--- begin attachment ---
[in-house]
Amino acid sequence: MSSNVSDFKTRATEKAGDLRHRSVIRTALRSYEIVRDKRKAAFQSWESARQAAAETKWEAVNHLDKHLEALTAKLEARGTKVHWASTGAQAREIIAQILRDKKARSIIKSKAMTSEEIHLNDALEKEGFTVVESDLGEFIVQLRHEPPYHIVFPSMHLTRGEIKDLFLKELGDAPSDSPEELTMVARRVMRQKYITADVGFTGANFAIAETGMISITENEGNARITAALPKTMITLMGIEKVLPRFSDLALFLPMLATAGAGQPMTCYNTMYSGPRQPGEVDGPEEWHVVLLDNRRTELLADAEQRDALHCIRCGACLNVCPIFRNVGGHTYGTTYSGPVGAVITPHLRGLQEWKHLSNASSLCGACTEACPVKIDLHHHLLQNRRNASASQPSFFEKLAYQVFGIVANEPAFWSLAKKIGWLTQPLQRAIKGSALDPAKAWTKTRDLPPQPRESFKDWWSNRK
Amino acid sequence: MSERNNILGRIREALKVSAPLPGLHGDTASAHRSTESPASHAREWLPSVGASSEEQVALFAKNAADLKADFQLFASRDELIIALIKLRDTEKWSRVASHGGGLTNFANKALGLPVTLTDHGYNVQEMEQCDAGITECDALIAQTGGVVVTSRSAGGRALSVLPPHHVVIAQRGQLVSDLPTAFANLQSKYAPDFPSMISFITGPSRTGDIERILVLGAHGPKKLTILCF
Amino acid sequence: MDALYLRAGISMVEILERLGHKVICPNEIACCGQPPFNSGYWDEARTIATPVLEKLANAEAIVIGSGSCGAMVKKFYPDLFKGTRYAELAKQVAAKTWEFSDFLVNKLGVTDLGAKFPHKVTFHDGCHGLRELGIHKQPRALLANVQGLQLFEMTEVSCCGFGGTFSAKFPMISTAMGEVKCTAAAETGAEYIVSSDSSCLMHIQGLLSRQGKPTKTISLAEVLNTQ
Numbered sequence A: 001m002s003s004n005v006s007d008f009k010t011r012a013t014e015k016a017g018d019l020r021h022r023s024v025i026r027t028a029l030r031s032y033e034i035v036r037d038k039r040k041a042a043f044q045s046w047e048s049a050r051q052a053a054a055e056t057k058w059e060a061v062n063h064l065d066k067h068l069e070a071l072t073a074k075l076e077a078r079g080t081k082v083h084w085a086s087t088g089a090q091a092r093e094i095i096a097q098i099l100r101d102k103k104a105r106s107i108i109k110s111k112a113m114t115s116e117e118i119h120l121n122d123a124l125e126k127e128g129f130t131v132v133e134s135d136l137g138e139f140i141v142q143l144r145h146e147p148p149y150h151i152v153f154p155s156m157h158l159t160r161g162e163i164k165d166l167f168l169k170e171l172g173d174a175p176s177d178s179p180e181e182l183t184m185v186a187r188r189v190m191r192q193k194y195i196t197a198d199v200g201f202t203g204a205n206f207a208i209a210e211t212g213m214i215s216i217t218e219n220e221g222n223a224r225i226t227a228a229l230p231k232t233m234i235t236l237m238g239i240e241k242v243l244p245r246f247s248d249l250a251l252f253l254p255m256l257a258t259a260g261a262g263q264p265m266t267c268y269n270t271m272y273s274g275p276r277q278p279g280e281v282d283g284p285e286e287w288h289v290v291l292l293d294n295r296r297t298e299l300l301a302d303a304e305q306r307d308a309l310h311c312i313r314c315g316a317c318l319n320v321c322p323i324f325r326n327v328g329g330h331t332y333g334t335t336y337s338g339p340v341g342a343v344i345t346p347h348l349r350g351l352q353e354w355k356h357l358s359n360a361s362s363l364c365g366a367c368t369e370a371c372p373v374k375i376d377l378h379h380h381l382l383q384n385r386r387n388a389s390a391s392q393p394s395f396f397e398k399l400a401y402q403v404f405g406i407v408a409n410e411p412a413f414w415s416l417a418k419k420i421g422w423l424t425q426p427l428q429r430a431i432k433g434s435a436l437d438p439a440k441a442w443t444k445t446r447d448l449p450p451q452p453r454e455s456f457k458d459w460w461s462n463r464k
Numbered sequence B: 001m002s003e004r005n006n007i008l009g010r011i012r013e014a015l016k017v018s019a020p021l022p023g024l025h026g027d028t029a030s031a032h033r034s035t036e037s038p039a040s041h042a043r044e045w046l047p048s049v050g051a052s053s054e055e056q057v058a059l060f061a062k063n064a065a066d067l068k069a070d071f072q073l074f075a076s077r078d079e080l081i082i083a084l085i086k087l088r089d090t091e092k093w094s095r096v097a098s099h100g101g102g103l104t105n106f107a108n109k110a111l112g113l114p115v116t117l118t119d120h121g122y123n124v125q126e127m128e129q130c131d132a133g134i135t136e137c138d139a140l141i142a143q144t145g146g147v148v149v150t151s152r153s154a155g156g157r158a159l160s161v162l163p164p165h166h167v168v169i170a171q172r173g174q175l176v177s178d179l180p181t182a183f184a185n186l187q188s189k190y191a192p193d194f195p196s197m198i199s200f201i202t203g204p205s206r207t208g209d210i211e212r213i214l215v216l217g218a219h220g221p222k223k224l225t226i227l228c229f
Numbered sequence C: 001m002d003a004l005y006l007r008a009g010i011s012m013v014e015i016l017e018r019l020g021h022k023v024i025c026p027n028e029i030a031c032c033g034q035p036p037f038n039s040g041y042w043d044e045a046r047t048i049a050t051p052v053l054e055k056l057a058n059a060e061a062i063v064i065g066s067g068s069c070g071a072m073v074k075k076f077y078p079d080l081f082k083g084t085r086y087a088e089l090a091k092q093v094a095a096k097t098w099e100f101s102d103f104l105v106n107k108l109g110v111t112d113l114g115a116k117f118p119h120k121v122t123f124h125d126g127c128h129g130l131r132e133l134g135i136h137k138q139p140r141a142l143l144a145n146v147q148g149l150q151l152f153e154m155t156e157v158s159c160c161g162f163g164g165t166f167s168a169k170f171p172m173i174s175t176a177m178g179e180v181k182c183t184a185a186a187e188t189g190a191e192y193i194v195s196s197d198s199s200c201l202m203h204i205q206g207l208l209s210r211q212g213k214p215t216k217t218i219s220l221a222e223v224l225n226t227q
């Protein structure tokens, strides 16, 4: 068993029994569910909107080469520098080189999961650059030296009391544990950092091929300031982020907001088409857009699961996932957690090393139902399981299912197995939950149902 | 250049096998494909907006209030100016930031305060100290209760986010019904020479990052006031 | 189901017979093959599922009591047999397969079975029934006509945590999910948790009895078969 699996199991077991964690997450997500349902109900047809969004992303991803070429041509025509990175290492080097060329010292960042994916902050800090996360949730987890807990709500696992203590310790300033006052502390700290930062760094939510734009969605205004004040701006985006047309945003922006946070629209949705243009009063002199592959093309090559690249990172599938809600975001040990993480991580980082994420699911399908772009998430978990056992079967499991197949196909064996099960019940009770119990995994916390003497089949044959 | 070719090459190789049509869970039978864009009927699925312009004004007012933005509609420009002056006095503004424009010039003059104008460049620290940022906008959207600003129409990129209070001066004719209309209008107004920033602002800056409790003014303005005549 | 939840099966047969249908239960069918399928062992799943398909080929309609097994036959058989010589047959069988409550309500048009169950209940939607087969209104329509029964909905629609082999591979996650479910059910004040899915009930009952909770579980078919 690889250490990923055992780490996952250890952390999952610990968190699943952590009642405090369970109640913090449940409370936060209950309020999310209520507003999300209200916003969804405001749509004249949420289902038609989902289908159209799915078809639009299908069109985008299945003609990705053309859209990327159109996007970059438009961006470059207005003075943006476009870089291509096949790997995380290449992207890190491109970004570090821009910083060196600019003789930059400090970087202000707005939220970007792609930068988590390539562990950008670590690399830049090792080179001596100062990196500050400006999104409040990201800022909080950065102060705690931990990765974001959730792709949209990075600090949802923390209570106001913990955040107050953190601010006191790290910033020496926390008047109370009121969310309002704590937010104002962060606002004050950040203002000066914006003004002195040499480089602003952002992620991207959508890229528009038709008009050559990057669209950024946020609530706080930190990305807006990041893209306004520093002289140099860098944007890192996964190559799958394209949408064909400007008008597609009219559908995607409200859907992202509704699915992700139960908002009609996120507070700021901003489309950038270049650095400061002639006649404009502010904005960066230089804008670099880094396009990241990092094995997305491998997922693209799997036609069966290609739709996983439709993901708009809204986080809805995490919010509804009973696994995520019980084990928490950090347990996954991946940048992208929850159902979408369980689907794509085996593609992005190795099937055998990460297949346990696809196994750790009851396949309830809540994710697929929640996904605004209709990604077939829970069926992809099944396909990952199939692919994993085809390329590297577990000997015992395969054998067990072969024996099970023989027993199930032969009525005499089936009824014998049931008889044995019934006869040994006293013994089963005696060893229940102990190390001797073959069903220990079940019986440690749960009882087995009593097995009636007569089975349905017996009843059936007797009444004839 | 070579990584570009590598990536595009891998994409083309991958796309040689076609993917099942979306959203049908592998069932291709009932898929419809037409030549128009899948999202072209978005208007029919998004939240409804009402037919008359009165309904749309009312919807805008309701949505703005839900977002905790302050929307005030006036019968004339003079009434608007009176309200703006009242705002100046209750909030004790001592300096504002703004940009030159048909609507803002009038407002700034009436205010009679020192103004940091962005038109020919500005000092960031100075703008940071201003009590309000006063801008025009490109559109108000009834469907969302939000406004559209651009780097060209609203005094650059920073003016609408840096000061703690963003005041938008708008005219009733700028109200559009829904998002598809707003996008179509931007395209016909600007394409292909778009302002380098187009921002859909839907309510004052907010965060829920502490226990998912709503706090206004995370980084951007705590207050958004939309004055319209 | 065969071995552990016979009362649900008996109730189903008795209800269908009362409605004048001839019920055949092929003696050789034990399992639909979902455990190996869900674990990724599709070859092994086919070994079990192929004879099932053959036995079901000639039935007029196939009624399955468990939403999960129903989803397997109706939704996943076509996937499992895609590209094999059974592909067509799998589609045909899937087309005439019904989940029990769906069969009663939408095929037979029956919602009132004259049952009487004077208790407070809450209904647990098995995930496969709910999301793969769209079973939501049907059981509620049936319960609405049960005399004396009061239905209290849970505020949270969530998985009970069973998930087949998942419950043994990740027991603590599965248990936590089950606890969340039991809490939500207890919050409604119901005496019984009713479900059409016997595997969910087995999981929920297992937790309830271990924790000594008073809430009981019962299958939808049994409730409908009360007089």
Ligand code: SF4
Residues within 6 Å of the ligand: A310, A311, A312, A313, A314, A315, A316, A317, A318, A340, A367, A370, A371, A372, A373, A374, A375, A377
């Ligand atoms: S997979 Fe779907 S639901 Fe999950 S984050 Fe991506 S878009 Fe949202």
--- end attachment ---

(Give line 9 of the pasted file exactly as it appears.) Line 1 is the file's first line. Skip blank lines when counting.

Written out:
Ligand code: SF4